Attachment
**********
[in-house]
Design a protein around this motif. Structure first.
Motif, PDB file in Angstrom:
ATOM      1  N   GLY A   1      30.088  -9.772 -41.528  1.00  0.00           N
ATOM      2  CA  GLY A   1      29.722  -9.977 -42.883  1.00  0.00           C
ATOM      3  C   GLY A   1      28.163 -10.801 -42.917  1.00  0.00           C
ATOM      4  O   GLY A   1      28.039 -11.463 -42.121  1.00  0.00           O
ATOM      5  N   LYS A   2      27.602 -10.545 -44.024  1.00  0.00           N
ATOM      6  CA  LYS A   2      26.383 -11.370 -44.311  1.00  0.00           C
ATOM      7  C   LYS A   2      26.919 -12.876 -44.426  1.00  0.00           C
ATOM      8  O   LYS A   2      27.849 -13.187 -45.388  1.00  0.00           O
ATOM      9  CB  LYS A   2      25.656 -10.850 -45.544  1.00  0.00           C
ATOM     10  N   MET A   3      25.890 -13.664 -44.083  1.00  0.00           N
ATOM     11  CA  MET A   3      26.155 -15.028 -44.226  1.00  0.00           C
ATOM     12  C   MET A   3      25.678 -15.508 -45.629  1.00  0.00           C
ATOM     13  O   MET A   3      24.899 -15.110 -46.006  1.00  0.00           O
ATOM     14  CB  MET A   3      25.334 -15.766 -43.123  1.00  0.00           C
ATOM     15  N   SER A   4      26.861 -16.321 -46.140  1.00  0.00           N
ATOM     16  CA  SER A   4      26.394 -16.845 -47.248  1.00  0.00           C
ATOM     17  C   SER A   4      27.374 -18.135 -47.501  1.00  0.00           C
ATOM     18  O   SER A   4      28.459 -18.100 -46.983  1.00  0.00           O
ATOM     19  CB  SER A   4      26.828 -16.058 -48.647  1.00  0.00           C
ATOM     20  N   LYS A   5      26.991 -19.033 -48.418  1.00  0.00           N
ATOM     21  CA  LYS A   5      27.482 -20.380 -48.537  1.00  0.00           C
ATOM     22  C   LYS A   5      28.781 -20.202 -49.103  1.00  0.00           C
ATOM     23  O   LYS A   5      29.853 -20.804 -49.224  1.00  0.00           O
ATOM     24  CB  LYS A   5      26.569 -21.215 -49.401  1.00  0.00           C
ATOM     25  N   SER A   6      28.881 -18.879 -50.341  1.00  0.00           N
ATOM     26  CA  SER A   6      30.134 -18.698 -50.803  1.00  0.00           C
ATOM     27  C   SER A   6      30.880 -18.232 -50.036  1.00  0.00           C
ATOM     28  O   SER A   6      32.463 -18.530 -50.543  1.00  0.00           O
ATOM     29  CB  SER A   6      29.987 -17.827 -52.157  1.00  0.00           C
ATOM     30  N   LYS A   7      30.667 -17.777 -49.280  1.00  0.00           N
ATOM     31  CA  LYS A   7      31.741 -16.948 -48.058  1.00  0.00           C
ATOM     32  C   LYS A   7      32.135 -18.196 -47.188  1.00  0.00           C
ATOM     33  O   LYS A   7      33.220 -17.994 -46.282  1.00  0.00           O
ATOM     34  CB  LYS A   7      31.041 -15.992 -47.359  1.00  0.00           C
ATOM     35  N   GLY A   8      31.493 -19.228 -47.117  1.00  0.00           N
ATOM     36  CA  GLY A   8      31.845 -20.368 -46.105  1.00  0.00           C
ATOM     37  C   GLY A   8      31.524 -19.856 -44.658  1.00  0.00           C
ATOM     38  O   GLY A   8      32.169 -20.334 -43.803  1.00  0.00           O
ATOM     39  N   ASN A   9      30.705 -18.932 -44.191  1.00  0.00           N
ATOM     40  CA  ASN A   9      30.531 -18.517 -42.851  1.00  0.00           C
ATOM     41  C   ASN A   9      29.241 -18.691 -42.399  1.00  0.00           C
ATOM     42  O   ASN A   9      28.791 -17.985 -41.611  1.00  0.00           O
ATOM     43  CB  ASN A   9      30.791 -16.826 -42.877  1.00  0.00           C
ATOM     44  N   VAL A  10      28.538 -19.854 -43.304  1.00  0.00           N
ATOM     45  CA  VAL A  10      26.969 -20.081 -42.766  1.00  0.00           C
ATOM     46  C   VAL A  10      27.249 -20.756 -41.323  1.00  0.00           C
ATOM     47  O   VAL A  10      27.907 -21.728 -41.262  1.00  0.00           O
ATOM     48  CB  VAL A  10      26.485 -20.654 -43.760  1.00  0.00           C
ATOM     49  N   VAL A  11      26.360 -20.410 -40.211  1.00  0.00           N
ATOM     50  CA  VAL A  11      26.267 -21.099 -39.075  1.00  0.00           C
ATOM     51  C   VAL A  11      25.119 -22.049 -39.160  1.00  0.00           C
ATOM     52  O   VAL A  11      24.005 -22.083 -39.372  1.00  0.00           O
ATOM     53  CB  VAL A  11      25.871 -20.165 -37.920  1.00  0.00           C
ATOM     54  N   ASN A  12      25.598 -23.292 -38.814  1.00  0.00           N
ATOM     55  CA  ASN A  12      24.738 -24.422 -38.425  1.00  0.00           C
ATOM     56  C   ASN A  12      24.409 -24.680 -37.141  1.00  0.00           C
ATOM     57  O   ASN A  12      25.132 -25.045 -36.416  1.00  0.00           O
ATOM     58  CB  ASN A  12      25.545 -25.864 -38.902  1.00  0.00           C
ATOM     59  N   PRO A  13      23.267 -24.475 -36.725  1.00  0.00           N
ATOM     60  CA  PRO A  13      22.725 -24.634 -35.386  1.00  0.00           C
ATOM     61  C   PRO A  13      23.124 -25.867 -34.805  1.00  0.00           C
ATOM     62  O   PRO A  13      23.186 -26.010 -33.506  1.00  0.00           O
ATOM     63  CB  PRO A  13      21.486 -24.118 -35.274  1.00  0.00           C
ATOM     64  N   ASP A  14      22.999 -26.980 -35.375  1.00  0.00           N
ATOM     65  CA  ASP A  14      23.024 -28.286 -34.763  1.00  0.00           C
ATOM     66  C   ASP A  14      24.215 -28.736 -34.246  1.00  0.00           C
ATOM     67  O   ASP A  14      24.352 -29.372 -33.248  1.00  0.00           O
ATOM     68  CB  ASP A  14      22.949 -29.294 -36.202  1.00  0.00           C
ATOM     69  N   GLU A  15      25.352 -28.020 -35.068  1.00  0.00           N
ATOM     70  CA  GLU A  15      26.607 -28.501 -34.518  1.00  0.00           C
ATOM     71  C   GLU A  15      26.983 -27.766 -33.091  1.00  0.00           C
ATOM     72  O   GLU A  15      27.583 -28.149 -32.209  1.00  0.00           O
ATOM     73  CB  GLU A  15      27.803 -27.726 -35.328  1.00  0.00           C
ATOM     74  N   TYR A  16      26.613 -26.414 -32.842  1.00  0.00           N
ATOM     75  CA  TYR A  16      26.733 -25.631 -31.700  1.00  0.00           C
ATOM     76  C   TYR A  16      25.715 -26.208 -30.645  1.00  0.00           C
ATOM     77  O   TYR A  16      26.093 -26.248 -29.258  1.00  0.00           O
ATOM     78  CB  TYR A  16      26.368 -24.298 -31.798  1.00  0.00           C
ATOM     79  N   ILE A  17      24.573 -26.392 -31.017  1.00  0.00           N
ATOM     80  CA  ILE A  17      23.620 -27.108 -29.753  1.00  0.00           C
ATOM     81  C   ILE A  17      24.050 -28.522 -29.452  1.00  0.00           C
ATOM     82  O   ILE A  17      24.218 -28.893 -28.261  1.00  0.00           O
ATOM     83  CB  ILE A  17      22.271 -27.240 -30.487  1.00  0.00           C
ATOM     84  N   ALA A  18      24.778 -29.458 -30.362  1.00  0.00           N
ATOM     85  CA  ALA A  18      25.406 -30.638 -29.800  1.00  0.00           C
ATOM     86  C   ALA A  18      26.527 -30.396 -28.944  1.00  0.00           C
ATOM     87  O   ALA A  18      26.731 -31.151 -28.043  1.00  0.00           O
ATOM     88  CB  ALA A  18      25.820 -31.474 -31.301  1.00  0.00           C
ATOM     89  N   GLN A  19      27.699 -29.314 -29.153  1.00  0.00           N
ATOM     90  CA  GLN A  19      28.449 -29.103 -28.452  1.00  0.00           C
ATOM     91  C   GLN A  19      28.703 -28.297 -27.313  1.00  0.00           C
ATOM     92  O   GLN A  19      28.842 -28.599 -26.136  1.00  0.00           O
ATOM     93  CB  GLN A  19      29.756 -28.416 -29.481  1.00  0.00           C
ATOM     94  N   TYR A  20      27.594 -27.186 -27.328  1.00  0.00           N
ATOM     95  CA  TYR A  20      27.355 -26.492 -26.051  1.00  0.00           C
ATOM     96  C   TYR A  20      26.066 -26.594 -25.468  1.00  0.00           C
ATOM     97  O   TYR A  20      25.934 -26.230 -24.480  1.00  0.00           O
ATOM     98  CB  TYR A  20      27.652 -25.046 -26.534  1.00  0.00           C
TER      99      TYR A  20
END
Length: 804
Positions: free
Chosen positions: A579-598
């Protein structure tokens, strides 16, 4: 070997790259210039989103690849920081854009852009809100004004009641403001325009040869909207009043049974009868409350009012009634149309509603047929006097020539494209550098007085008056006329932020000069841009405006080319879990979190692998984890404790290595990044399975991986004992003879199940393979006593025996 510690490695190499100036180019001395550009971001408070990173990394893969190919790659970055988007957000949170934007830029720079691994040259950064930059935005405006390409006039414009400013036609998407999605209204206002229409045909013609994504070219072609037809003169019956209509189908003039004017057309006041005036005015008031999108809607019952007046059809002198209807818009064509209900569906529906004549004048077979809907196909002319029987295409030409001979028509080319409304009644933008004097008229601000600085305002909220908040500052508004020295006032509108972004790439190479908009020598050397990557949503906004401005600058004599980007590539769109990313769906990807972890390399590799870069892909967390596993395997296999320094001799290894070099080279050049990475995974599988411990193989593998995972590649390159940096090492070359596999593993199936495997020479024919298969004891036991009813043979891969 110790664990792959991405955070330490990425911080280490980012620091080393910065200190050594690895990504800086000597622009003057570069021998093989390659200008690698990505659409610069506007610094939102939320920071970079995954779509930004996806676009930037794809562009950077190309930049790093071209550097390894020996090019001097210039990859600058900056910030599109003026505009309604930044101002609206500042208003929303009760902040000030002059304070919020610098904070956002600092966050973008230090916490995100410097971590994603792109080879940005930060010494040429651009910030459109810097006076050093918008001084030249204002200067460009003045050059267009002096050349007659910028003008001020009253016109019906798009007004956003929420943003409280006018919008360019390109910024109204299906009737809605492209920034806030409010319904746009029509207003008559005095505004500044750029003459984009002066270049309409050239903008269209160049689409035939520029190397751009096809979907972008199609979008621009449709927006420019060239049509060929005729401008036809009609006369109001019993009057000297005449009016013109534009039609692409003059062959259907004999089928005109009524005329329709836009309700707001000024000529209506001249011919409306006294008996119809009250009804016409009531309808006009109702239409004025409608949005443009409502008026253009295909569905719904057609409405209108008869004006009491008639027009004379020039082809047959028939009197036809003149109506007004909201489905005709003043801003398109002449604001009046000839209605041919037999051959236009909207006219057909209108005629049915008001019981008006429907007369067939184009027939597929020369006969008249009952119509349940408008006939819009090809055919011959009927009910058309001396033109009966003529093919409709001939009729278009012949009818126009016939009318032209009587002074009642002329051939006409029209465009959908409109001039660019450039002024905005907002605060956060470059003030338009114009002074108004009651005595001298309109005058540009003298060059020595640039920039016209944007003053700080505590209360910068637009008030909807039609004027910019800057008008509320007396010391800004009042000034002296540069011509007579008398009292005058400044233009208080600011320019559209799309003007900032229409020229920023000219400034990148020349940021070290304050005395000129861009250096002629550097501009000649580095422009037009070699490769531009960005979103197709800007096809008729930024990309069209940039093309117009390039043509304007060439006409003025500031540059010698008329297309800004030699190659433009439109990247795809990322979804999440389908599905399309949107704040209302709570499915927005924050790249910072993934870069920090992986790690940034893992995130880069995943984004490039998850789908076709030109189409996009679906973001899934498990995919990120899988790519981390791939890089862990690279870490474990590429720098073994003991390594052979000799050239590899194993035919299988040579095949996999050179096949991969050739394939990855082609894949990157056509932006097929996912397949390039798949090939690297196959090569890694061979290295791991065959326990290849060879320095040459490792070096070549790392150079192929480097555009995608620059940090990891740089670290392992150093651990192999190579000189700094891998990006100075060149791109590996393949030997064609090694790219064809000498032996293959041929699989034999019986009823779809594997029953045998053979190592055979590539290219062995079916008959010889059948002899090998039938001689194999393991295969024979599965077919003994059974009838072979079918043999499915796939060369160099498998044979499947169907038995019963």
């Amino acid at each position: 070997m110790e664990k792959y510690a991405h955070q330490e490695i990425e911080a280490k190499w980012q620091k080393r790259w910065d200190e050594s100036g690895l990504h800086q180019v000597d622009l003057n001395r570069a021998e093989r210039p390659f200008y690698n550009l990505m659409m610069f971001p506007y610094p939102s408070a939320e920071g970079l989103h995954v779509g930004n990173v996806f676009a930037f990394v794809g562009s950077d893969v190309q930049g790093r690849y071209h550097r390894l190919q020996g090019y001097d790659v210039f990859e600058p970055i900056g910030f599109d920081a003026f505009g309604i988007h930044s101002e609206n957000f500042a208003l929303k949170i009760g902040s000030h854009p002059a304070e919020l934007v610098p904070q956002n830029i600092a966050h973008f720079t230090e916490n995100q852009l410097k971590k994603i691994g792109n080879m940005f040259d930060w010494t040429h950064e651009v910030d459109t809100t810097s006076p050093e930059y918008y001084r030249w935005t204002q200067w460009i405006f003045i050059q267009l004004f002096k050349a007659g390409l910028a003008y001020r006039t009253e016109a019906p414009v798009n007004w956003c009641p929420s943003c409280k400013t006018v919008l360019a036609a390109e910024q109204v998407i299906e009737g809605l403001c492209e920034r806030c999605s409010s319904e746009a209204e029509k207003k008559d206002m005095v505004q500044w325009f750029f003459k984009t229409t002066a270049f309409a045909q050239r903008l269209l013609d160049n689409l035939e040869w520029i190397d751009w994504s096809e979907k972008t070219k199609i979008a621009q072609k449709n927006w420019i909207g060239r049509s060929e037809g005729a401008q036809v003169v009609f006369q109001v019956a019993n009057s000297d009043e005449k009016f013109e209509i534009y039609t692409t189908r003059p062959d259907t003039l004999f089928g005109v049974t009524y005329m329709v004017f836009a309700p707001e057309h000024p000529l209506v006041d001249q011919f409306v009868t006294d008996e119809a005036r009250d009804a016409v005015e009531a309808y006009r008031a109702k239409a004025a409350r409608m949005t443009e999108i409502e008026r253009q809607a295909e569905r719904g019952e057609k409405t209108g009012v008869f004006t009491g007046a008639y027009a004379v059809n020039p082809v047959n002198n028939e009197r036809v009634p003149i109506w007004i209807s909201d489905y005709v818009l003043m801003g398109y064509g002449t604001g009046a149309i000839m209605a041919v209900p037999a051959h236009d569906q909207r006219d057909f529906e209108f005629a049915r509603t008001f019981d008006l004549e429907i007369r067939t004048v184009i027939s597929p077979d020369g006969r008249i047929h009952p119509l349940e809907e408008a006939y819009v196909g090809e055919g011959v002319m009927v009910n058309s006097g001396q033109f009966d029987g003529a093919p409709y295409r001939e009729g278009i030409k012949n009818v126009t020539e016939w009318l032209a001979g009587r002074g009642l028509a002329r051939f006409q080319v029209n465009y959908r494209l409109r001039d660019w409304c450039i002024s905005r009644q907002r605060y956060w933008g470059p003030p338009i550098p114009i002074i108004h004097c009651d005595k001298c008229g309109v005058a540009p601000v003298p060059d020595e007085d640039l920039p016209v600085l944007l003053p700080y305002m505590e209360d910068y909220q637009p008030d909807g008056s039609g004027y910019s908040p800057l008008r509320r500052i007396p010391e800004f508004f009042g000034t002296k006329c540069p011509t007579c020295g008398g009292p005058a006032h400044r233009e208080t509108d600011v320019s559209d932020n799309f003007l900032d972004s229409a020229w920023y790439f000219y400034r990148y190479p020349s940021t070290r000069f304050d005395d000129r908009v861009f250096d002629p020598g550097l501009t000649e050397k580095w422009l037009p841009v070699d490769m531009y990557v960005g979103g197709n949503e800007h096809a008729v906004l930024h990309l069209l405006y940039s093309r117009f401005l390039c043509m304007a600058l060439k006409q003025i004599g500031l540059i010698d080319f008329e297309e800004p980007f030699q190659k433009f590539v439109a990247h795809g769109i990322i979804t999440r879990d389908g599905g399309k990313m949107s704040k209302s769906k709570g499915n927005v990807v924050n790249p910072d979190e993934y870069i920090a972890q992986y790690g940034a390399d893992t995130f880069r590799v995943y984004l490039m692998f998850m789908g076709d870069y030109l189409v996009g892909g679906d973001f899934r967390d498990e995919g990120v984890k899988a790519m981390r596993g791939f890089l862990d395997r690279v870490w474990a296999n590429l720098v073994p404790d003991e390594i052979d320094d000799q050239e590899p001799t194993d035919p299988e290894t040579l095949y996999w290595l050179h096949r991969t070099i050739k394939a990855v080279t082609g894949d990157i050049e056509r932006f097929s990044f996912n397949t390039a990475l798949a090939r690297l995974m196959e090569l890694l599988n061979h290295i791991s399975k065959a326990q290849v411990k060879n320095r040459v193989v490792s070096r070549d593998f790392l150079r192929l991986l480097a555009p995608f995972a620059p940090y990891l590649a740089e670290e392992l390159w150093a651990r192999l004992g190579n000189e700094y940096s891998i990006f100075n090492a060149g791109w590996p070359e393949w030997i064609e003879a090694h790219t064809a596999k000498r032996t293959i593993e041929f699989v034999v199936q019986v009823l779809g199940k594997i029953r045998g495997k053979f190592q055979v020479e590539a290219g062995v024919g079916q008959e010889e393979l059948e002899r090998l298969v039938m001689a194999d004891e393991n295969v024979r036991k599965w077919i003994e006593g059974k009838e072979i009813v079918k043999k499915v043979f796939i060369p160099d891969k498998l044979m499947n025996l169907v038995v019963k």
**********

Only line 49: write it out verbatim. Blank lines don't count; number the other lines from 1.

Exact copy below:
ATOM     46  C   VAL A  10      27.249 -20.756 -41.323  1.00  0.00           C